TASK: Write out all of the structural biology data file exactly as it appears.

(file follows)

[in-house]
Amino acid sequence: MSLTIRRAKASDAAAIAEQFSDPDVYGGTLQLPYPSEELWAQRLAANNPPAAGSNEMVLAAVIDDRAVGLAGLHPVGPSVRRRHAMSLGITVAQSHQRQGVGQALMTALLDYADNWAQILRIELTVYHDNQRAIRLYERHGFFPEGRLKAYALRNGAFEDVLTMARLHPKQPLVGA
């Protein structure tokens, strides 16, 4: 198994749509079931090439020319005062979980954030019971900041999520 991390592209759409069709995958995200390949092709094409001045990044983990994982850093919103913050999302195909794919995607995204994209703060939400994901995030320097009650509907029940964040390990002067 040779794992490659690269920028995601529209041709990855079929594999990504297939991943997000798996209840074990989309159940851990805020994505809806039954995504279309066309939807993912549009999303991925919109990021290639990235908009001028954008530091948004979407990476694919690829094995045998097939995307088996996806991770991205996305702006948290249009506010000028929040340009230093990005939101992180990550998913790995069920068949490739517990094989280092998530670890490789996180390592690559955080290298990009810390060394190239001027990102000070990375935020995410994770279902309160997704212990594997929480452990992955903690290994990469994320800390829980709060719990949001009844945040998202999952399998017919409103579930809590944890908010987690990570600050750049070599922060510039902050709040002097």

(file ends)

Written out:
[in-house]
Amino acid sequence: MSLTIRRAKASDAAAIAEQFSDPDVYGGTLQLPYPSEELWAQRLAANNPPAAGSNEMVLAAVIDDRAVGLAGLHPVGPSVRRRHAMSLGITVAQSHQRQGVGQALMTALLDYADNWAQILRIELTVYHDNQRAIRLYERHGFFPEGRLKAYALRNGAFEDVLTMARLHPKQPLVGA
């Protein structure tokens, strides 16, 4: 198994749509079931090439020319005062979980954030019971900041999520 991390592209759409069709995958995200390949092709094409001045990044983990994982850093919103913050999302195909794919995607995204994209703060939400994901995030320097009650509907029940964040390990002067 040779794992490659690269920028995601529209041709990855079929594999990504297939991943997000798996209840074990989309159940851990805020994505809806039954995504279309066309939807993912549009999303991925919109990021290639990235908009001028954008530091948004979407990476694919690829094995045998097939995307088996996806991770991205996305702006948290249009506010000028929040340009230093990005939101992180990550998913790995069920068949490739517990094989280092998530670890490789996180390592690559955080290298990009810390060394190239001027990102000070990375935020995410994770279902309160997704212990594997929480452990992955903690290994990469994320800390829980709060719990949001009844945040998202999952399998017919409103579930809590944890908010987690990570600050750049070599922060510039902050709040002097």